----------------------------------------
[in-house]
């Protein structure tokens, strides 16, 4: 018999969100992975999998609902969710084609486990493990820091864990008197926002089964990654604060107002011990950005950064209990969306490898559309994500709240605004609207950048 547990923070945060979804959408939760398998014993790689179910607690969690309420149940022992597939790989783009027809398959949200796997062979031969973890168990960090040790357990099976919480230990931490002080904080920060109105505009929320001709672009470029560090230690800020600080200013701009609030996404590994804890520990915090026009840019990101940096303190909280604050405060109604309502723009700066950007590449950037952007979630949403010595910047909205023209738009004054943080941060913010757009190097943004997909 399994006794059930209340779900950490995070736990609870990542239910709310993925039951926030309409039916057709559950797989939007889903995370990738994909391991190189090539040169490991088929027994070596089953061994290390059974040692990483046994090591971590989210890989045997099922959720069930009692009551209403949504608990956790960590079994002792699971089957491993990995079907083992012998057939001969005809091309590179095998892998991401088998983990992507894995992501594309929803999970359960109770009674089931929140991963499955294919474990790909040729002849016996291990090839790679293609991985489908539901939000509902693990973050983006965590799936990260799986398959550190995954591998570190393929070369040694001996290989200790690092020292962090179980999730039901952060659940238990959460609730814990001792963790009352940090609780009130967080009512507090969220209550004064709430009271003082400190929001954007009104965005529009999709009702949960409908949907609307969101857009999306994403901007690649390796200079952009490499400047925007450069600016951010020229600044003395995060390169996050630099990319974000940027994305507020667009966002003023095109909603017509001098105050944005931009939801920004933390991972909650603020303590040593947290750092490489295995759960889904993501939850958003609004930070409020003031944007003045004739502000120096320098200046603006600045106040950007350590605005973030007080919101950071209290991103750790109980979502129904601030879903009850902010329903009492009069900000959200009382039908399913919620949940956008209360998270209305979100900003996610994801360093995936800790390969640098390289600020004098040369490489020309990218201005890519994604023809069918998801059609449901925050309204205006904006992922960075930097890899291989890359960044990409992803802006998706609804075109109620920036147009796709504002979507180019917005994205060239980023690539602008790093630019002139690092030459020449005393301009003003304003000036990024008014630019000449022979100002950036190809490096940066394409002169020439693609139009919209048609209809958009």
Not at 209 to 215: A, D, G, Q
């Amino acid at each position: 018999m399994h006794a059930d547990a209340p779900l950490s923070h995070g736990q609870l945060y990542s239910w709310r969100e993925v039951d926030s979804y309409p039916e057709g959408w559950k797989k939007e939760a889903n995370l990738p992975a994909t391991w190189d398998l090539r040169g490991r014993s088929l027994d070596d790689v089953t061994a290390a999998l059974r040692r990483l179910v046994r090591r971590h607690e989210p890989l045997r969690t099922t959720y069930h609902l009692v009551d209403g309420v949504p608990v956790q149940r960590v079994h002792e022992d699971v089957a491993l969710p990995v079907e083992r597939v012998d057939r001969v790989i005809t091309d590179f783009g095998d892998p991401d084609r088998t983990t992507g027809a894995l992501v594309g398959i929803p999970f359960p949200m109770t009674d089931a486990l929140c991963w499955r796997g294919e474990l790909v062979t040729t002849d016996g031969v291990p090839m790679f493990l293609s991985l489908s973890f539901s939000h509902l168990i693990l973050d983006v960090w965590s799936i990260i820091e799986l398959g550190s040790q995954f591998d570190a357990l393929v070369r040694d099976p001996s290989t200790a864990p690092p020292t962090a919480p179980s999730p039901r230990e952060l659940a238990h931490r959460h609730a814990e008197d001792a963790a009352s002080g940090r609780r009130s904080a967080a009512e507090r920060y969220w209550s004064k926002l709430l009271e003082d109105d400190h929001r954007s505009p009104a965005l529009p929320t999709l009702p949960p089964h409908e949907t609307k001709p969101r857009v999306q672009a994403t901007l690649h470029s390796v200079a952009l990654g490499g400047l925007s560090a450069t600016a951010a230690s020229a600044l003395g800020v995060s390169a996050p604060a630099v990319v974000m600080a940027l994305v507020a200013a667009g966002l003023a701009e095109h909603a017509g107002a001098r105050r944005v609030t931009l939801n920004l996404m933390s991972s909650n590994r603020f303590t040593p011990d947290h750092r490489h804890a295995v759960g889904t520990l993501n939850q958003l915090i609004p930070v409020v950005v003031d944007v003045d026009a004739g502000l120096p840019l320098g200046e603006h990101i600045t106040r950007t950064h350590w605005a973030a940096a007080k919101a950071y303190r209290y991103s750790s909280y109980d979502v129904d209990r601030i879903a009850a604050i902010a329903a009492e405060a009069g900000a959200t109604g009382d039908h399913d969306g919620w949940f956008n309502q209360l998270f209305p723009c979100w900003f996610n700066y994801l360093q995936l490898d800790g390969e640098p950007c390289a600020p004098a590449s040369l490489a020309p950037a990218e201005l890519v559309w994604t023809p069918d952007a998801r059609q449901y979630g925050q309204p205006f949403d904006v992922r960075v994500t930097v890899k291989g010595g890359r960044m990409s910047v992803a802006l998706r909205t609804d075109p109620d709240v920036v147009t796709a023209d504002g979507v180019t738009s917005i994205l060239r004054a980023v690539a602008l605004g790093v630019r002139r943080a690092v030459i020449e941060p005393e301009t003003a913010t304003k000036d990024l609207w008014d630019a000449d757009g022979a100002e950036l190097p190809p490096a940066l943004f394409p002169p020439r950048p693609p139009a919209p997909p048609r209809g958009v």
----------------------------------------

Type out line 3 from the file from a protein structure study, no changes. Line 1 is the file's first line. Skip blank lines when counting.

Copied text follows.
Not at 209 to 215: A, D, G, Q